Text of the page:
Every month, we at The Spool select a filmmaker to explore in greater depth — their themes, their deeper concerns, how their works chart the history of cinema and the filmmaker’s own biography. For August, we honor the absurd humor and abject violence of South Korean filmmaker Park Chan-wook. Read the rest of our coverage here.
In an interview during London’s 2007 Korean Film Festival, made available on the film’s Blu-ray release, director Park Chan-wook said that after filming a sequence of dark, violent films, he wanted to make a movie his daughter could see. I’m A Cyborg, But That’s OK (2006) is a romantic comedy appropriate for kids if you happen to be the daughter of the director of “The Vengeance Trilogy.” Otherwise, this charming wonder tale offers a whimsical, twisted yet mature look at love and compassion.
When the film was released after the successes of Oldboy (2003) and Lady Vengeance (2005), audiences in South Korea were decidedly mixed, according to Park. Some called it a masterpiece, others called it a glaring deviation from a working formula. One thing’s for sure; it’s very difficult to have a lukewarm reception to this truly unusual film.
I’m A Cyborg, But That’s OK follows Cha Young-goon (Im Soo-jung), a factory line worker who believes she’s a cyborg. When she is forcefully institutionalized by her family after an episode at work, she must learn to navigate personalities, both human and mechanical, in her new environment. She soon sparks the attention of the kute kleptomaniac Park Il-soon (singer Rain). As Young-goon’s health begins to break down, Il-soon begins a metaphysical journey to connect to and save her.
Like Park’s other films, Cyborg is a visual feast. Ryu Seong-hie ’s art direction is even more explosive than it was in Oldboy. Cyborg has a delightful anime-influenced pop surrealism, with textiles so vibrant they make the eye wander to catch all the little bits of enchantment in the set decoration. The design lifts and extends Park’s quirky mood, so that the quirks feel logic within the world he has created, making it feel rounded and full of depth.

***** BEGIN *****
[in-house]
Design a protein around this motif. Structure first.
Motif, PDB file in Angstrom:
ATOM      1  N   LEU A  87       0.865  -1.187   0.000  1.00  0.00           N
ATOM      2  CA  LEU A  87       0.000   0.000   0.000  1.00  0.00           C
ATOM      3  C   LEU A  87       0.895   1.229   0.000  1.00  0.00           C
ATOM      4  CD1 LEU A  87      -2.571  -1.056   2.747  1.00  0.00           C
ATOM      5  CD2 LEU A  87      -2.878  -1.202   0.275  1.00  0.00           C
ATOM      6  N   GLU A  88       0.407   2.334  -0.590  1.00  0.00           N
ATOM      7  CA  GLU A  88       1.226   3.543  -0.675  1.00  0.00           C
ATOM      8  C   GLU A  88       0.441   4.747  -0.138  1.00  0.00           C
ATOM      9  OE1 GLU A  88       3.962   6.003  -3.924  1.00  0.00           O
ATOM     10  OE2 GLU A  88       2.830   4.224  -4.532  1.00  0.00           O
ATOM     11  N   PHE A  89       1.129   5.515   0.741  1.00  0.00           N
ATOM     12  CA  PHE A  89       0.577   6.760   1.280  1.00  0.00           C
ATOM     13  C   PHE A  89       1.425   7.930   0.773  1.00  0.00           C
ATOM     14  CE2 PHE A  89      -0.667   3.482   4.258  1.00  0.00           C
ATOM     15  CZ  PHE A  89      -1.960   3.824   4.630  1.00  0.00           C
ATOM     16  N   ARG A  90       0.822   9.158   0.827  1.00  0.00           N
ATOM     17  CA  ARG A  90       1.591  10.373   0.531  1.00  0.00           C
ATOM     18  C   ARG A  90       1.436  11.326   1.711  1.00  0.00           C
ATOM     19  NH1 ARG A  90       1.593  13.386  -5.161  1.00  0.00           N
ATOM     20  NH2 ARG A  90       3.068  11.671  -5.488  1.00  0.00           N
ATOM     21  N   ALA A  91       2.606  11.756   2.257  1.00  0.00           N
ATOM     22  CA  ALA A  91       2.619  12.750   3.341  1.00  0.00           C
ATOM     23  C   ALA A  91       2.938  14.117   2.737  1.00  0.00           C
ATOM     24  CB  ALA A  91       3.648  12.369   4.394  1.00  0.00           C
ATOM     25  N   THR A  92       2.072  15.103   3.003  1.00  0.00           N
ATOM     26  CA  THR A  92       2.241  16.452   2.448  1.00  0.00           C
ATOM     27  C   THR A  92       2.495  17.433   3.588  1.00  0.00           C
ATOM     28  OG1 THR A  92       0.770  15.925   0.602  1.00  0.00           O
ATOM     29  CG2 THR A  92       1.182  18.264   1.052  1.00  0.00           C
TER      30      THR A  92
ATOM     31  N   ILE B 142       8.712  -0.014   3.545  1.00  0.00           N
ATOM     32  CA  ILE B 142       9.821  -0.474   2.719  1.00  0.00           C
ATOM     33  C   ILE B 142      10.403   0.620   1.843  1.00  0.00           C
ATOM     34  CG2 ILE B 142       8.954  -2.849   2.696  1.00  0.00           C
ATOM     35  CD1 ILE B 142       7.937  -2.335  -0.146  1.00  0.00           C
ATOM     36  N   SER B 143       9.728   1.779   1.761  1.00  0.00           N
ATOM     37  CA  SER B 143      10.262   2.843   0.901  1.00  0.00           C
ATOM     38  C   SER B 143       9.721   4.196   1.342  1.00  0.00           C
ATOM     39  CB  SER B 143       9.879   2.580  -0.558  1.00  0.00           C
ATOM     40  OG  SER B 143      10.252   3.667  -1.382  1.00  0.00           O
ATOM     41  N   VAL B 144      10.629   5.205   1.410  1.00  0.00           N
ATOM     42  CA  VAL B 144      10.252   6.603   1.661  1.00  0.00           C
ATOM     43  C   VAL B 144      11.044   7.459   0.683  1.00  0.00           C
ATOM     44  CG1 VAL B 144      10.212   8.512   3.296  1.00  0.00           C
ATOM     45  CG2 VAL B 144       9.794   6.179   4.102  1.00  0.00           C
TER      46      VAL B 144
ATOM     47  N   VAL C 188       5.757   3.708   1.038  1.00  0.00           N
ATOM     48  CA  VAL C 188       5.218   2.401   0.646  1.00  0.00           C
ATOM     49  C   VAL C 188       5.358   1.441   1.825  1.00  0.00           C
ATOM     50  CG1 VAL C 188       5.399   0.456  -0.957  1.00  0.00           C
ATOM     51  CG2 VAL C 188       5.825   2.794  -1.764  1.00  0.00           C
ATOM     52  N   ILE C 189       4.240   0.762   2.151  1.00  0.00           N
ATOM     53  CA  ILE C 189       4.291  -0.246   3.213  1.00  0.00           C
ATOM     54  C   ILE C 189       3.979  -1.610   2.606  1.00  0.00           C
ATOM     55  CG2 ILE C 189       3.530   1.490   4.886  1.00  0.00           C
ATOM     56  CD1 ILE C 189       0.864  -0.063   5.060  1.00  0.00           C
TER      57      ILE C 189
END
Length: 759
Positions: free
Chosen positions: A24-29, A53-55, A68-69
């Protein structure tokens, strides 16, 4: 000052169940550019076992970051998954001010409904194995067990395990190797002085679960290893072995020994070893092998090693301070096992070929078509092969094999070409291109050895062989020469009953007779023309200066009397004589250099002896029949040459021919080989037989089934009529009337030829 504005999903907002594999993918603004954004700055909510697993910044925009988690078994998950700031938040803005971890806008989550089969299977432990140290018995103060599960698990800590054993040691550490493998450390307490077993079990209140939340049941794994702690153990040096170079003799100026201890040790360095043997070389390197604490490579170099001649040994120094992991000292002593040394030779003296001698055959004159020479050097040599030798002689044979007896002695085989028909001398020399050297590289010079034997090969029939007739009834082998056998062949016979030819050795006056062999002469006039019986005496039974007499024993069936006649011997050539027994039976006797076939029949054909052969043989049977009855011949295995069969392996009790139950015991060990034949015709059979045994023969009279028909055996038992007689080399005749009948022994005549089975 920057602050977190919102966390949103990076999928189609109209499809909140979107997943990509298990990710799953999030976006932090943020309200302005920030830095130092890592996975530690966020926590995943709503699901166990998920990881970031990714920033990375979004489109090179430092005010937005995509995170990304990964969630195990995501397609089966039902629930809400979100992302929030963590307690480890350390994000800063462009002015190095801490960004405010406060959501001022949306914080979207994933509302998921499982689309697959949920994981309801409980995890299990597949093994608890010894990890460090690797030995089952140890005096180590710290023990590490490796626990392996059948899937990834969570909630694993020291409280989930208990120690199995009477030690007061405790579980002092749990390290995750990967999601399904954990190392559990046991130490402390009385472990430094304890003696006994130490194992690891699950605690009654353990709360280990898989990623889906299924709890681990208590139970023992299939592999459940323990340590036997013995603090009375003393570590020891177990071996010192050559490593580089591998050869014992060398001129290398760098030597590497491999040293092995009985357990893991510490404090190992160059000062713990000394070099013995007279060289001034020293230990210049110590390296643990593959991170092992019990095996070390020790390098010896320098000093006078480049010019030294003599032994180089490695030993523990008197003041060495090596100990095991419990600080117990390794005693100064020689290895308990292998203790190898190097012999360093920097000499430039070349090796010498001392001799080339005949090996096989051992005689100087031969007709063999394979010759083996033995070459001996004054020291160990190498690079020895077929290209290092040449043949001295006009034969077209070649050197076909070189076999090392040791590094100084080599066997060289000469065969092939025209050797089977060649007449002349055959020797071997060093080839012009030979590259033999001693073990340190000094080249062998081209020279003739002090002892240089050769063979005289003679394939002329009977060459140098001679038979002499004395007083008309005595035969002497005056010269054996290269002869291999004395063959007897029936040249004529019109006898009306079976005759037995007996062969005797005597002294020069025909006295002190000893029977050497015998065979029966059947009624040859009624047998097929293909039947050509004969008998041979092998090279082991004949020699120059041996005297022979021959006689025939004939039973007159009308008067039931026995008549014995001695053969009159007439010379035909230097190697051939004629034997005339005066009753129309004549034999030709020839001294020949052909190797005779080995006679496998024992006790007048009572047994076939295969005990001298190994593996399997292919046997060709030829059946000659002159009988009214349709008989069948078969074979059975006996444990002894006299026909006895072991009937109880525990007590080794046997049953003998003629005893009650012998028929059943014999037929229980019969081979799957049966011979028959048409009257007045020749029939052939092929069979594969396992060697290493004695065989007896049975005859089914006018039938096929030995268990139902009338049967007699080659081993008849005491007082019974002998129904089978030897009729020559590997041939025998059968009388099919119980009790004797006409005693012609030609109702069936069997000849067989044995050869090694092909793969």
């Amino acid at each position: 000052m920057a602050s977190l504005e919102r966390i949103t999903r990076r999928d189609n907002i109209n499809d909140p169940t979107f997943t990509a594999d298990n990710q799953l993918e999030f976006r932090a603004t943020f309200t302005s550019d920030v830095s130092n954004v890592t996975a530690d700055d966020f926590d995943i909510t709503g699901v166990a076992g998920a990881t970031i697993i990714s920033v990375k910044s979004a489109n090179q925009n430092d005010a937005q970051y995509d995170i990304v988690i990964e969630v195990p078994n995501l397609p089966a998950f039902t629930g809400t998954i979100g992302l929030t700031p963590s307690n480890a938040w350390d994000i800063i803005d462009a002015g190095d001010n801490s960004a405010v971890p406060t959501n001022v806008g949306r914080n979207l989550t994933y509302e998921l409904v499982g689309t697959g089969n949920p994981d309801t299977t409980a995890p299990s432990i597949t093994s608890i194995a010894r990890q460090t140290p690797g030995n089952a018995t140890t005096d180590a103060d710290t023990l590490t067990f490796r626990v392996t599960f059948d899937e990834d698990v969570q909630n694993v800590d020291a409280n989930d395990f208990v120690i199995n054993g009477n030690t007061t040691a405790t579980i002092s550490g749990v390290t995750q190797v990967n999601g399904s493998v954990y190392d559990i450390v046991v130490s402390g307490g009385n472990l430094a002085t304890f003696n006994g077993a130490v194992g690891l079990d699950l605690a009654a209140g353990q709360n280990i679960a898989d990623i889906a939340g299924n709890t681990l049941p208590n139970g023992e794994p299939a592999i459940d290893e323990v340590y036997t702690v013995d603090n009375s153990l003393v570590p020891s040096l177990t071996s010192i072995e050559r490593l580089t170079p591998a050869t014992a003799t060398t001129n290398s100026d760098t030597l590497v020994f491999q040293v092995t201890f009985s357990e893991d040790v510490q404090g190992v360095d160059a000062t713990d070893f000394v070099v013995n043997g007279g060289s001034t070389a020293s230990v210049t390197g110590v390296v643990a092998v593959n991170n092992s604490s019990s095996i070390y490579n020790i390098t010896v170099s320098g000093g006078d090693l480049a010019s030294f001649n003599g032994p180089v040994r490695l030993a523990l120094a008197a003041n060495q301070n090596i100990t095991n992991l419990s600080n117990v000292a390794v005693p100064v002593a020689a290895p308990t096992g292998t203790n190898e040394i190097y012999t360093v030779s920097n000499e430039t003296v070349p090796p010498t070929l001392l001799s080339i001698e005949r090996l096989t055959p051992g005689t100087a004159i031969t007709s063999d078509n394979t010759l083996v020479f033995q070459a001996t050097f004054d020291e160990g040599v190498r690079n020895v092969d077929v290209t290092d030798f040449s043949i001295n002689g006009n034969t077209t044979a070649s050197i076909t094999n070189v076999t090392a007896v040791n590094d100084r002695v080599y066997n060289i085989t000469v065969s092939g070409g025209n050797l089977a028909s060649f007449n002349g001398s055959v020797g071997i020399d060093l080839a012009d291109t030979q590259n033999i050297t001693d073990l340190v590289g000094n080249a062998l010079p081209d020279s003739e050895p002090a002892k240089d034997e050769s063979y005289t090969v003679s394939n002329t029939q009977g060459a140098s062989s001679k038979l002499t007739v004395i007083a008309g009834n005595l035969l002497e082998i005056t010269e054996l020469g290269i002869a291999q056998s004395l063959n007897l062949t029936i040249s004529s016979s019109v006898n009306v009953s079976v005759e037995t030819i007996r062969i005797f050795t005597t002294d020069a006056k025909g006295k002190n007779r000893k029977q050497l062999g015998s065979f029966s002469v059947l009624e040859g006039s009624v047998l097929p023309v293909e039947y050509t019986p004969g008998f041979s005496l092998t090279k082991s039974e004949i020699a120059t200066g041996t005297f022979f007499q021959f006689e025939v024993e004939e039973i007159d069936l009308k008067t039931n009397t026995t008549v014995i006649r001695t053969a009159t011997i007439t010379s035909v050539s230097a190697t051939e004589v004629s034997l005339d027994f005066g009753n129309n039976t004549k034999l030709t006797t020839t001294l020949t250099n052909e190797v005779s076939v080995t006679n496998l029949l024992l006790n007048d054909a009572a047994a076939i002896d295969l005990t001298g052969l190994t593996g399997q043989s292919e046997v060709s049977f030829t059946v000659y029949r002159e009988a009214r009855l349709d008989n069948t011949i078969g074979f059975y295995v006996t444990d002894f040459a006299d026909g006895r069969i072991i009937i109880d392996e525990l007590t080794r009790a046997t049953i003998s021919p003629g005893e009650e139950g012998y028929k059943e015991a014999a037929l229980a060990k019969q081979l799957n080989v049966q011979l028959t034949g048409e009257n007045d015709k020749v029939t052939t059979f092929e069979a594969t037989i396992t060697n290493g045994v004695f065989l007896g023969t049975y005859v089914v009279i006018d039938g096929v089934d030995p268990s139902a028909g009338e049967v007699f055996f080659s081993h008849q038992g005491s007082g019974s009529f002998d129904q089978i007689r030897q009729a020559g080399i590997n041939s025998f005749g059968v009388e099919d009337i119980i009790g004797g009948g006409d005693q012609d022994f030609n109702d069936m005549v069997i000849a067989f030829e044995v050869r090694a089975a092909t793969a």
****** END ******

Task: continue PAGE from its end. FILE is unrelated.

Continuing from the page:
But perhaps the most enchanting aspect of this picture is Im Soo-jung’s performance. Young-goon is a mixture of manic and catatonic, bursting with energy that slowly fades as she rejects human food in favor of licking batteries and other things that might jumpstart her mechanical self. This requires Im to act almost entirely through her eyes, which tell us everything we need to know about what’s going on inside Young-goon’s mind. It’s obvious why Park has called her his favorite actress: her talent, like her character, is extra-human.
For Young-goon’s romantic counterpart, Park chose singing phenomenon Rain rather than a polished film actor. But he meets Im’s talent beat for beat, the two forming a believable and endearing pair. Like Young-goon, Il-soon speaks more with his body than his voice, thanks to Rain’s remarkably nuanced physicality.
Cyborg has a delightful anime-influenced pop surrealism, with textiles so vibrant they make the eye wander to catch all the little bits of enchantment in the set decoration.
Unlike a lot of Western films set in a mental institution, Cyborg is not interested in human vs. institution conflicts. This isn’t an Asian One Flew Over The Cuckoo’s Nest, and the girl would have to talk for her to be Interrupted. Instead, we are privy to the patients in their own context, without the medical staff. Without them, we aren’t continually reminded of their abnormality. By excising the clinical aspect from the film, we meet the patients on an even plane where we can observe their world as normal. We can embrace their disharmony and brilliance at the same time.
This leads to a wide array of non-normative possibilities, particularly for the romantic couple at its center. Cyborg is actively interested in finding other ways to connect with and have empathy for others. Denied neurotypical forms of communication, as an audience, the film asks us to consider the things glances, gestures, and gifts say without saying. We must meet these characters on their terms, instead of our own.
So much of Cyborg is about compassion. Meeting the patients as they are helps us reframe their mental health not as a struggle, but as a part of their unique normalcy. The only negative neurotypical voices we hear are from Young-goon’s family, who position her as a dishonorable deviation from an ideal body. This is starkly juxtaposed to the romantic way Il-soon approaches Young-goon. He acts as a model for how we should understand and help others different from us.
Films like Cyborg are a great exercise in changing perception because they interrogate who we see when looking at The Other. Are we seeing our standards, or are we seeing things from their point of view and embracing it as real? Il-soon’s device to help Young-goon is a perfect example: He accepts her reality and works within it to help her, rather than imposing a solution from outside.
The title says it all. I’m A Cyborg, But That’s OK. It’s a camp title, but it rings with truth. This is not a film about correction, but compassion. It’s a wondrous look at the realities that coexist in our world and the magical possibilities that open up when we accept them. Some of us are cyborgs. And that’s Okay!